A Tracker's


Envisioning an Ideal Trailing Practice

Bobcat and raccoon tracks in a riverbank.You can go a long way with a regular, short practice that has intention.

The ideal trailing practice is one where the “stress” comes from pushing edges related to skill.  If you or the people around you feel stress because you want to practice more than you can, then the ideal might require you to back off and let the schedule be what it is.  You will learn more, in any event, if you are not stressed about squeezing-in practice.

Do what you can in regular sessions.  15 minutes, if that's what you've got, can be so much better than nothing.  “Regular” is more valuable in many ways than “long”.  Some skills are best learned through regular practice, whether the sessions are short or long.  Other skills require longer sessions, but they do not require constant practice.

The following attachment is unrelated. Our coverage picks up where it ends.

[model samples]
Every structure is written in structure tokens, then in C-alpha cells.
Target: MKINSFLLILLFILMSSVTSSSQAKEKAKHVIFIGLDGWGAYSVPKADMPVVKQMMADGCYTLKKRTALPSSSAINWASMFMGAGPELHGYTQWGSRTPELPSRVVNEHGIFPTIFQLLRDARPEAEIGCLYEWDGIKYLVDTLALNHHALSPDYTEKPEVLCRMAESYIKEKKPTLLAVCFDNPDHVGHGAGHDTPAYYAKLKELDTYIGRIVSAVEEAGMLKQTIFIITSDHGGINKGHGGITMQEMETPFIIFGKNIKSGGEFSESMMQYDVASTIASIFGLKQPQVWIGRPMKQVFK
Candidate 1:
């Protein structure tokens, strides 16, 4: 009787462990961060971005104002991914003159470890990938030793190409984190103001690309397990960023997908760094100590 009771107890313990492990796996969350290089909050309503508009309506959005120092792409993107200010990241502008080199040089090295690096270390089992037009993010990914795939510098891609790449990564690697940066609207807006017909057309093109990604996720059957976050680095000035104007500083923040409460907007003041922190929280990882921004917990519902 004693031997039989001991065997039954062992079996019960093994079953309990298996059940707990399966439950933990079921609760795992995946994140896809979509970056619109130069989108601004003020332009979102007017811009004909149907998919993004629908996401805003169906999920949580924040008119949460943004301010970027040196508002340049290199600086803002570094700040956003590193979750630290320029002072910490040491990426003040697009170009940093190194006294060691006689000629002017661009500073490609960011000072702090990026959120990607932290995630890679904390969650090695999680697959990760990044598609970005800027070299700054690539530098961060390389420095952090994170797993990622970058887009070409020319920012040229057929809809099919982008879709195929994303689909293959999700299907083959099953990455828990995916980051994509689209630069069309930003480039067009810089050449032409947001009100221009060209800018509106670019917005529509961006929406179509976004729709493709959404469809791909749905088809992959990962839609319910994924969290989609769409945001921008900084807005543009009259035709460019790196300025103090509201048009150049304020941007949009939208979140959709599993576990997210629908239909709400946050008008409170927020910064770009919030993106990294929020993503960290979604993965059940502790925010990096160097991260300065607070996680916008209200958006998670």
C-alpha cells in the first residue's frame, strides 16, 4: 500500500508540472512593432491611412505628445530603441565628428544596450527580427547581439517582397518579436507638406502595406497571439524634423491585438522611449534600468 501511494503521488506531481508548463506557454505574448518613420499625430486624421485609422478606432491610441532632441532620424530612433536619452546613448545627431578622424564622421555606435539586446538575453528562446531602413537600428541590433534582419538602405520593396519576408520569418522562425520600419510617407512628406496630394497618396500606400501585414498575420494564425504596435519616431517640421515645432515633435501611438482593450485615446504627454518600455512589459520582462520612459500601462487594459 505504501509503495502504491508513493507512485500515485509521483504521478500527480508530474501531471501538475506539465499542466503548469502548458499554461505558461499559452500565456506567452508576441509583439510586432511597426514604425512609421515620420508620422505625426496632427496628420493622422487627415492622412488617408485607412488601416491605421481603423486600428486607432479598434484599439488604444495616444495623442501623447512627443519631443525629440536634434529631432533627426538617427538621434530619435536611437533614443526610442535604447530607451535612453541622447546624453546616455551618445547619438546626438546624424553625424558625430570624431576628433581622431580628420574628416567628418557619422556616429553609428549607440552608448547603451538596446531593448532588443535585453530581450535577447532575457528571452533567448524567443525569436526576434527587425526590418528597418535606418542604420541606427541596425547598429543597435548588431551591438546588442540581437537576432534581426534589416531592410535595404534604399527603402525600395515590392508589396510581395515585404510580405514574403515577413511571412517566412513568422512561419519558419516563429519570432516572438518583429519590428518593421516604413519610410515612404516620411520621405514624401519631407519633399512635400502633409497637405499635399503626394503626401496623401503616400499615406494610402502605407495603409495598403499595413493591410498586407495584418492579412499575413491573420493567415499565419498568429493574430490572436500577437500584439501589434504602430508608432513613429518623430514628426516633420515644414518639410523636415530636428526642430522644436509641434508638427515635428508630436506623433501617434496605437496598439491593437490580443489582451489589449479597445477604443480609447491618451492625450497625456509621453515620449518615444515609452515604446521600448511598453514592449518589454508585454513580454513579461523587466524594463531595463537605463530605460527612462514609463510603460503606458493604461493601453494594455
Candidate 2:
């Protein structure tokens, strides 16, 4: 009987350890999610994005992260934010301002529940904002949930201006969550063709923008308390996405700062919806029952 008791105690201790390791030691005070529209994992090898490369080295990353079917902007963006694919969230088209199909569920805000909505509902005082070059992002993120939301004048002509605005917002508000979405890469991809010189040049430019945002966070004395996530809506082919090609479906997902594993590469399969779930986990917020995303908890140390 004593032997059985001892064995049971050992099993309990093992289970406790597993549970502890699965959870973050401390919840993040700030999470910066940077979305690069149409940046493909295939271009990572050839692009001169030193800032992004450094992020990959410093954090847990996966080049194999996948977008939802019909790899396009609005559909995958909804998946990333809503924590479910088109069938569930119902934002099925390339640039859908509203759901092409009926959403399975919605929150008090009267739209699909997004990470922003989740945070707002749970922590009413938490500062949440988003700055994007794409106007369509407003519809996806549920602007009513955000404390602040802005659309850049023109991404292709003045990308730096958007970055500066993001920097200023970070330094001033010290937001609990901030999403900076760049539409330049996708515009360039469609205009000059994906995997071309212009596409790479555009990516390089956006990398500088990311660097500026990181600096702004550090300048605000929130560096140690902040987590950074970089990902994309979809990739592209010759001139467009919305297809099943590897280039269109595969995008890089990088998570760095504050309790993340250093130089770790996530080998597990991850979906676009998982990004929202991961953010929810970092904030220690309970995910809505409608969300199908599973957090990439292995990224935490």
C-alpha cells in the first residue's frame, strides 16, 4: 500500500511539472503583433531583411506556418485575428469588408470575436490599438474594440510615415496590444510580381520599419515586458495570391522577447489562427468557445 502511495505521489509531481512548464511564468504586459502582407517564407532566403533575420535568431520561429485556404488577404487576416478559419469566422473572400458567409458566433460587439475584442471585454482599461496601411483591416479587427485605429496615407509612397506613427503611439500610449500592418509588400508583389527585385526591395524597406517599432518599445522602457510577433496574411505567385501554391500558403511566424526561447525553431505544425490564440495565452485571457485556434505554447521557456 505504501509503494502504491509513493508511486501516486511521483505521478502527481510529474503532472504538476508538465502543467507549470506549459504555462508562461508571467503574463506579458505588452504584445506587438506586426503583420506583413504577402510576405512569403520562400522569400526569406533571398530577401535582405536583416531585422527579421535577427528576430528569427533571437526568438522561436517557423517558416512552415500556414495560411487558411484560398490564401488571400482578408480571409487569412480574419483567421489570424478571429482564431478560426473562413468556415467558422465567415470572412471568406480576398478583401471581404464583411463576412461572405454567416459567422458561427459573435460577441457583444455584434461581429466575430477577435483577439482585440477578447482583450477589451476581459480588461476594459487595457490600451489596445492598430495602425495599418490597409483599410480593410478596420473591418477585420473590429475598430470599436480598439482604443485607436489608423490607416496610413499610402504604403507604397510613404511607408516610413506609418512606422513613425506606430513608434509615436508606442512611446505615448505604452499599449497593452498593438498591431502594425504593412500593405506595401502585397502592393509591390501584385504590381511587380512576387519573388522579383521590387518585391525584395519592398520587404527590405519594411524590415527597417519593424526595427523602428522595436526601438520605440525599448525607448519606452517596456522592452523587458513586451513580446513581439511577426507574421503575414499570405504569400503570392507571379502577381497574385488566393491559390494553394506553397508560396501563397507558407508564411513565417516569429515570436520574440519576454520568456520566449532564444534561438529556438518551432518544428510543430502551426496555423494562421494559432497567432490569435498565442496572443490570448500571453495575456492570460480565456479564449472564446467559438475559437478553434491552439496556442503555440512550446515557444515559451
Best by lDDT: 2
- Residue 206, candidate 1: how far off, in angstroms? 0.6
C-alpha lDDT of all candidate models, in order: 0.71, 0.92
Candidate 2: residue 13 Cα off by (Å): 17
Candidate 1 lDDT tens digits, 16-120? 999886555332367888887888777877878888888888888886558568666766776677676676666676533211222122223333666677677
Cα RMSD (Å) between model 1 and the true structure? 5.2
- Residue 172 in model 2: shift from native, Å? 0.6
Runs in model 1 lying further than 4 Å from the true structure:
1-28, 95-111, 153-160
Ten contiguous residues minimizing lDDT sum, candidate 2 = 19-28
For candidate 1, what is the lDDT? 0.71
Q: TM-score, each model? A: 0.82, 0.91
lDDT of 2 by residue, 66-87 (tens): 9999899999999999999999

Here are some skills or areas of study that are best learned from regular practice, even when done in short sessions:

Here are some skills that usually need to happen in long sessions but can be gained with more occasional practice:

So, you can actually set up a great trailing practice if you can give yourself the occasional long session while regularly giving ½ hour or more a day for 4 days a week or so to #3 and #4 below.  #1 and #2 can simply become part of your workaday life.

  1. Pay attention to the weather
  2. Imagine its effects on the substrate that you anticipate looking at
  3. Move with awareness at your trailing spot and
    1. Notice the ground – simply notice the current qualities of the substrate
    2. When you see tracks and sign:
      1. Consider their age
      2. Follow them, practicing the many things we’ll suggest
  4. Journal – whatever your skill level in trailing, there is an appropriate journal for you.  If you fill it out during the last few minutes of your daily practice, you will bring home your experience in the field, making it more available to you

The more time you can give, of course, the quicker you will break through the frustrations that naturally attend looking for tracks and trails that are not easy to see.

© Nate Harvey, 2015